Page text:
The hocks should not stand far behind a line dropped down from the tail bone, if they are behind such a line, the dog is probably over-angulated or even sickle-hocked. The hock joint broad with a long ‘os calsis’, well let down for endurance, set high for initial speed. Stifles, hocks and toes should incline neither outwards nor inwards. The croup should have a moderate slope of 30 to 35 degrees indicating a powerful running and jumping ability.
The feet are of the long, hare-foot type, with elongated centre two digits. They should be well knuckled, up never flat, but also not cat-footed, and should have thick pads, the whole being strong and supple. The front feet can point straight ahead or may turn out at a small angle for added manoeuvrability.
The base is strong, low set, and used as a rudder for quick manoeuvring while running. The tail is not too long and carried naturally in a graceful semi curve not over the back. When the dog is excited the tail may be carried above the horizontal, the so called ‘gay tail’.
Gait / Movement:
The Caravan hound’s gait must reflect that it is an efficient speedy galloper and not a trotter. The gait is very light, effortlessly easy, should move ‘high footed’ without being hackney, showing ability to flex all four legs, covering plenty of ground with each stride but without any exaggerated reach.
A galloping dog’s pasterns bend, at the trot, should be approximately 45 degrees from the horizontal, indicating adequate extensor tendon strength and elasticity to absorb the shock of sustained running. A pastern bend above horizontal is extremely undesirable because it indicates week extensor tends.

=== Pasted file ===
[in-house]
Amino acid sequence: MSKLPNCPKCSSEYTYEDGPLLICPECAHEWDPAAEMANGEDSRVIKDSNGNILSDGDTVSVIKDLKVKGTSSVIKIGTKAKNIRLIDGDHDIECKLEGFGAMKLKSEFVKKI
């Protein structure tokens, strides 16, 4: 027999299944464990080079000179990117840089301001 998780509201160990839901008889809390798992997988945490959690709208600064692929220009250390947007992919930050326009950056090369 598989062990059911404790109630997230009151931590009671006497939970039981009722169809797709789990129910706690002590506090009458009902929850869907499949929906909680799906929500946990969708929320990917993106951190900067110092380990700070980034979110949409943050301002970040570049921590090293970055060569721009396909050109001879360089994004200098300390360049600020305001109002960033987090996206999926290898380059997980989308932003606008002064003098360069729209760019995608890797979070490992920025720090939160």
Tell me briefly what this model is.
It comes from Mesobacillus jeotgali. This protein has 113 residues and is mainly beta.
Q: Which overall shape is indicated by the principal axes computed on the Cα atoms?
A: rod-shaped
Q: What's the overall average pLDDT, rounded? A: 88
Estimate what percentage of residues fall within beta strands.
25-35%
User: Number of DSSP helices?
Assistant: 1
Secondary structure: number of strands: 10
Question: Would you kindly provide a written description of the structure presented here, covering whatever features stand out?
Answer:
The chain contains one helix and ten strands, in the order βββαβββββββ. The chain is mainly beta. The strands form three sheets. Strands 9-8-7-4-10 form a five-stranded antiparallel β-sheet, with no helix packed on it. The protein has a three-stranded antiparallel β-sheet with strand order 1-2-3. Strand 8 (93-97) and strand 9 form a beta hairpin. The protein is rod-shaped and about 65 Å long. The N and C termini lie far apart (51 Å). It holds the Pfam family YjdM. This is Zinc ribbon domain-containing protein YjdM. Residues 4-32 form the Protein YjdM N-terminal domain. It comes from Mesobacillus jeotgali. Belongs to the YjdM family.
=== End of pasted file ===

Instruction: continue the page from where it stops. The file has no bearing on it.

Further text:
A Caravan hound’s trot can be best evaluated at a moderate pace. The head is carried elegantly, forward from the vertical creating a graceful flowing line from nose to tail. Caravan hounds have a floating movement.
The skin is fine and tight, skin tone denoting muscle tone.
There are two varieties of this breed: (1) the smooth variety, which has a fine, close coat without feathering and (2) the feathered variety, also known as the Pashmi, which has a coat of silky texture featuring feathering on the ears, legs, backs of thighs, between hock and heel and on the underside of the tail.
All colours and combinations of colours are acceptable. Those that lend to camouflage by blending in with the type of country over which these dogs work tend to be most common: fawn, fallow, red, cream or any of these colours broken with white.
On average, dogs 24 to 30 inches at the withers, bitches proportionately smaller, 22 to 28 inches. The variation in the height stems from the variety of game the hound is expected to chase in different terrains, with smaller dogs being more suitable for catching hares while larger ones are more capable of bringing down Blackbuck. Therefore small or large Caravan hounds falling within the allowed height range must be neither penalized nor shown any preference.
In any case, the Caravan hound should be well balanced and in proportion, neither coarse nor weedy, in trim hunting condition, and should be trim and well muscled.
Any departure from the foregoing points should be considered a fault and the seriousness with which the fault should be in exact proportion to the degree.
Males should have two apparently normal testicles, fully descended into the scrotum.
Compilation: Shailesh Gajanan Nabar
Credits: PRASAD RAGHUNATH MAYEKAR
Image : Late Parsha (Debashish Das)